Mr. Hoffman, in a brown linen shirt with a Nehru collar, said he has been working with earthworms—“one of the most important creatures on the planet”— for 44 years. The worms that today turn left over food scraps and human waste into compost all descend from his original cohort.

In his “Worm Palace,” a six-foot long container, the annelids create compost from a mix of food scraps, kitchen grey- water, and calcium from cooked bones and oyster shells. The worms turn this mixture into worm castings, a nutrient-rich fertilizer, which he uses to grow vegetables. To him, this epitomizes the crucial cycle of ecological living. On Saturday, he scooped a handful of crawling worms out to show a small group listening to his presentation. “Smells like good, healthy earth,” he said, offering his audience a whiff.

Then there is his more contentious system, which he calls the Grand Pissoir. It’s a toilet that sends human waste—along with scoops of carbonaceous material to provide the right balance of nutrients— to another group of earthworms. Once the worms eat it, it’s “not poop.” Then he corrected himself. “Well, it’s worm poop,” or fertilizer akin to that created from kitchen scraps. He got the system fully functioning just last year, he told the crowd. The water that flushes the toilet is filtered, he says, then pumped to the roof where it is “bio-filtered” through plants and soil, and then it goes back to the toilet. Rainwater replenishes the system as water evaporates.

“This system is easily scalable,” he said, and can work with just six hours of sunlight a day and at least 20 inches of rain a year. But, he conceded, the politics of operating a system that recycles human waste is complicated. “The laws of nature and the laws that we create don’t match up,” he said.
Mr. Hoffman’s attorney, Paul Smith, worries that a receiver would wipe out his client’s work. That’s because the point of a receiver, Mr. Smith said, “is to bring property into compliance as quickly as possible. Well, guess how that is? You tear everything down.”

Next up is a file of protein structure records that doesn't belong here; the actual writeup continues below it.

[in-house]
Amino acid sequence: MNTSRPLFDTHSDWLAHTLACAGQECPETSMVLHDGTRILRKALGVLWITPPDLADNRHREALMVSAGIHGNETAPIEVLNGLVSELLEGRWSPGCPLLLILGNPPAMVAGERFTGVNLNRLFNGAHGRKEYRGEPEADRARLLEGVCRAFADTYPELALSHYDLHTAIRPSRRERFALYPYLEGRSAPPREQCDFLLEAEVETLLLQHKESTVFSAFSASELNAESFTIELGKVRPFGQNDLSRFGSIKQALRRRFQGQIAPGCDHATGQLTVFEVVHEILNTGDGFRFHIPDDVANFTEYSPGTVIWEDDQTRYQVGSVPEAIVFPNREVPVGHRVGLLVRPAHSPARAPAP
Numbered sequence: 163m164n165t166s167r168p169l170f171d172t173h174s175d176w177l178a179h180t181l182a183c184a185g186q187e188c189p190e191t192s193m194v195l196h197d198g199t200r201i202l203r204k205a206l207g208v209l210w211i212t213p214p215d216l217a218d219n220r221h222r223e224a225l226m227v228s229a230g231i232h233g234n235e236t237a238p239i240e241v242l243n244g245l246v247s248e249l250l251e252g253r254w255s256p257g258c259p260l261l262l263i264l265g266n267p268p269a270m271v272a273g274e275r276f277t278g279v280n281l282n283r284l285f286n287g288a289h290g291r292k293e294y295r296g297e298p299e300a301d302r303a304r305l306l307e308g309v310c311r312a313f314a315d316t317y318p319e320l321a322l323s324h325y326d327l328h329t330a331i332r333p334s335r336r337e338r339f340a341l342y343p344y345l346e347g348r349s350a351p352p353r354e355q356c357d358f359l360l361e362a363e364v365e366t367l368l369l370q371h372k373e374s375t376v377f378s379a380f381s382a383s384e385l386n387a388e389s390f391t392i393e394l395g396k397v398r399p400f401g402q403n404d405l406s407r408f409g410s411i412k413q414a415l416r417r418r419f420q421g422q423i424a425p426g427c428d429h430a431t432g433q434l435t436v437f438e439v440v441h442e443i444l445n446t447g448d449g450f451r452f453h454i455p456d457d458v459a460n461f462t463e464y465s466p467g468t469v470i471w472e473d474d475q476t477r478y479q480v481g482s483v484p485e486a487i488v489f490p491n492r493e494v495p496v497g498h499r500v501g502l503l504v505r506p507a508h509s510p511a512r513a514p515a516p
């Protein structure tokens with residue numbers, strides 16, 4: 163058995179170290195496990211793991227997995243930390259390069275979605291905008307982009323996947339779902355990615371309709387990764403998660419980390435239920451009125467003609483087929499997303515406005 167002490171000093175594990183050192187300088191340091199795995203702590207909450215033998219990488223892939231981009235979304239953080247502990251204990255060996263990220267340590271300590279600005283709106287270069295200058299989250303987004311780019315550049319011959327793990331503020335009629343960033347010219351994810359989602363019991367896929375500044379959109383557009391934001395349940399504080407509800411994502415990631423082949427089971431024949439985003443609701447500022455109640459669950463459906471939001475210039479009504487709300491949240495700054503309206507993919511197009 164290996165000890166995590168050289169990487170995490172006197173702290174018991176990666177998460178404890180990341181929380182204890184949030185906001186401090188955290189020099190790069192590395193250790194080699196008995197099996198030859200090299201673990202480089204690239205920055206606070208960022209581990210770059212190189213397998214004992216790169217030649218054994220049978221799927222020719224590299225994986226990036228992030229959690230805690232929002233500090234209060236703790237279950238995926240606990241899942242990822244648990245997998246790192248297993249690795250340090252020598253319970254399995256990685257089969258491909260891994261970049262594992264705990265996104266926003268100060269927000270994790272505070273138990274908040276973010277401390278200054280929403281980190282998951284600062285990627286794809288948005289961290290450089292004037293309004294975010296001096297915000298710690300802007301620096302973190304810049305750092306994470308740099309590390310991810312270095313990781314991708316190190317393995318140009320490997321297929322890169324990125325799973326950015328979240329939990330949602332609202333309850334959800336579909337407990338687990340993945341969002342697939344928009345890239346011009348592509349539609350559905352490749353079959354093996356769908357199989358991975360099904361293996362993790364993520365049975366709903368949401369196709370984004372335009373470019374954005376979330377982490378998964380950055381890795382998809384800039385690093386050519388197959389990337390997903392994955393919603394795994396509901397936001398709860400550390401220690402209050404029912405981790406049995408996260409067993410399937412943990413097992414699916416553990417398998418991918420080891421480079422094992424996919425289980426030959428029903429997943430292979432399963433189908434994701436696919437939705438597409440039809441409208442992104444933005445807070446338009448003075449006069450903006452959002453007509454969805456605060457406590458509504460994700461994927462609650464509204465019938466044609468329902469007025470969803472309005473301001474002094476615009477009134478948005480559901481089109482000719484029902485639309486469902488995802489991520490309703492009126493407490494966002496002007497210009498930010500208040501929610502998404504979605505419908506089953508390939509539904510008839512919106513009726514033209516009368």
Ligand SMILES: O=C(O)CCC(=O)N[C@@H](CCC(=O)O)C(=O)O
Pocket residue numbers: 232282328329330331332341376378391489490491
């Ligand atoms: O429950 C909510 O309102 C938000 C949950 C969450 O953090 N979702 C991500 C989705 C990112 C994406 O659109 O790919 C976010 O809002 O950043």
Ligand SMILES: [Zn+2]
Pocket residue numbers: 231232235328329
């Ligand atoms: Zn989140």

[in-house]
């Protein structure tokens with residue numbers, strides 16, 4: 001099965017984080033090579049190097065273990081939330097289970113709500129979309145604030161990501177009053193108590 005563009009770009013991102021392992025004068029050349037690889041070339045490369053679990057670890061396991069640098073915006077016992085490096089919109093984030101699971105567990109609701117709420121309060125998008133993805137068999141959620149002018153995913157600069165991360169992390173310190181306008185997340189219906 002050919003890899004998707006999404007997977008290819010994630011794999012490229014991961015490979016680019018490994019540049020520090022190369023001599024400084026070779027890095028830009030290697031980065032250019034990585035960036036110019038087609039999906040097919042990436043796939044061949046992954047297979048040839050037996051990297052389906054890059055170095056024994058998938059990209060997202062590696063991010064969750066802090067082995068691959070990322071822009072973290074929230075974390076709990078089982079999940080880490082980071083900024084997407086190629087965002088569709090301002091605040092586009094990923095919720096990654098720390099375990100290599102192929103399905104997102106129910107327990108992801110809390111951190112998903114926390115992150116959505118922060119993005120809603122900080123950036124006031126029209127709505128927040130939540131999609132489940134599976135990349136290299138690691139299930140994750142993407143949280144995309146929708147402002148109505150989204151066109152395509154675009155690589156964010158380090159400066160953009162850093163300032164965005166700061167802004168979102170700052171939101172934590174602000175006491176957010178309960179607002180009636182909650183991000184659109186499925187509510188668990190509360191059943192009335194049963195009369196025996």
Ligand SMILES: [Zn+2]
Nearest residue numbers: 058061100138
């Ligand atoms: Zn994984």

Mr. Hoffman has paid for a hydrologic study of the property, a final draft of which is due this week, to prove that those systems are safe. Mr. Smith said he hopes to find a way to convince the county not to appoint a receiver but instead bring in a construction expert to evaluate the buildings and try to bring what was deemed unsafe into compliance.
 Ms. Stanley said that the receiver, Eric Beatty, would attempt to save some structures. “[He] will study the possibility of legalizing some structures on the properties that have unique alternative building design characteristics,” she wrote. “The County adopted an alternative building design ordinance in 2014 that may provide flexibility in code standards to facilitate the legalization process for some structures on the properties.”
To friends at the open house, the prospect of losing all or pieces of Last Resort was painful to consider. Marilyn Milos, who lives in the valley, called it “heart- breaking” and said the property should be “appreciated, not destroyed.”

Mr. Hoffman is doubtful of convincing the county to save all his structures, though he is willing to let his property fall out of his hands to an organization or nonprofit that will care for it. Now that he has finished designing the systems, he said at the open house, “I feel like my work is done.”